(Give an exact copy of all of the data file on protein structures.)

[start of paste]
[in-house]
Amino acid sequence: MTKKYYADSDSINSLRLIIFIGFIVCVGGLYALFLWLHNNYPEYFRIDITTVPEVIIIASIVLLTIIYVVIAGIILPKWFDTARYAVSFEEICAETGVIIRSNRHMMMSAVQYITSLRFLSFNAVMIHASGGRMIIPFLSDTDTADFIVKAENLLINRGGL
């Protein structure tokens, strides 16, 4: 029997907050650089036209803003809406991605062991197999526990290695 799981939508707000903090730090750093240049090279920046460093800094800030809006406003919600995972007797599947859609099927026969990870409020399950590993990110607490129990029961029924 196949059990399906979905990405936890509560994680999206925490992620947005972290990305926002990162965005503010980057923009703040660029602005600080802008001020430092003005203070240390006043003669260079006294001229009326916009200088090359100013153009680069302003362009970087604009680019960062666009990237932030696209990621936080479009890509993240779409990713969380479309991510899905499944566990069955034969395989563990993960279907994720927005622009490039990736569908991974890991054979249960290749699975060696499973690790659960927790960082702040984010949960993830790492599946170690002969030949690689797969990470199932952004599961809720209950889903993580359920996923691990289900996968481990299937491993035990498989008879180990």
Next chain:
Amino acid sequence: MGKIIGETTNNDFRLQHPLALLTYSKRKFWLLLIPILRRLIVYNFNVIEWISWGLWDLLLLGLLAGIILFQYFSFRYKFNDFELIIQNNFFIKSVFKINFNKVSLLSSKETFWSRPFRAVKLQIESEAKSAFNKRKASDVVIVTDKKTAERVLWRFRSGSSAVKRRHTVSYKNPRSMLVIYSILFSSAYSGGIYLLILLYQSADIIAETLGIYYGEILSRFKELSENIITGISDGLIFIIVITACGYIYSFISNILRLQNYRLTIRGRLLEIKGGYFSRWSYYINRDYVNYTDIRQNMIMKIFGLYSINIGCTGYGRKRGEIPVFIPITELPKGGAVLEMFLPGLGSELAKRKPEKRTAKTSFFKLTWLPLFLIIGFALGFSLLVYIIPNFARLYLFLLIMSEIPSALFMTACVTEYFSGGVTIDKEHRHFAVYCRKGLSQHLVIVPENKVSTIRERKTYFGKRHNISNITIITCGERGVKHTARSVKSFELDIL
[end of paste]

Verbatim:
[in-house]
Amino acid sequence: MTKKYYADSDSINSLRLIIFIGFIVCVGGLYALFLWLHNNYPEYFRIDITTVPEVIIIASIVLLTIIYVVIAGIILPKWFDTARYAVSFEEICAETGVIIRSNRHMMMSAVQYITSLRFLSFNAVMIHASGGRMIIPFLSDTDTADFIVKAENLLINRGGL
């Protein structure tokens, strides 16, 4: 029997907050650089036209803003809406991605062991197999526990290695 799981939508707000903090730090750093240049090279920046460093800094800030809006406003919600995972007797599947859609099927026969990870409020399950590993990110607490129990029961029924 196949059990399906979905990405936890509560994680999206925490992620947005972290990305926002990162965005503010980057923009703040660029602005600080802008001020430092003005203070240390006043003669260079006294001229009326916009200088090359100013153009680069302003362009970087604009680019960062666009990237932030696209990621936080479009890509993240779409990713969380479309991510899905499944566990069955034969395989563990993960279907994720927005622009490039990736569908991974890991054979249960290749699975060696499973690790659960927790960082702040984010949960993830790492599946170690002969030949690689797969990470199932952004599961809720209950889903993580359920996923691990289900996968481990299937491993035990498989008879180990």
Next chain:
Amino acid sequence: MGKIIGETTNNDFRLQHPLALLTYSKRKFWLLLIPILRRLIVYNFNVIEWISWGLWDLLLLGLLAGIILFQYFSFRYKFNDFELIIQNNFFIKSVFKINFNKVSLLSSKETFWSRPFRAVKLQIESEAKSAFNKRKASDVVIVTDKKTAERVLWRFRSGSSAVKRRHTVSYKNPRSMLVIYSILFSSAYSGGIYLLILLYQSADIIAETLGIYYGEILSRFKELSENIITGISDGLIFIIVITACGYIYSFISNILRLQNYRLTIRGRLLEIKGGYFSRWSYYINRDYVNYTDIRQNMIMKIFGLYSINIGCTGYGRKRGEIPVFIPITELPKGGAVLEMFLPGLGSELAKRKPEKRTAKTSFFKLTWLPLFLIIGFALGFSLLVYIIPNFARLYLFLLIMSEIPSALFMTACVTEYFSGGVTIDKEHRHFAVYCRKGLSQHLVIVPENKVSTIRERKTYFGKRHNISNITIITCGERGVKHTARSVKSFELDIL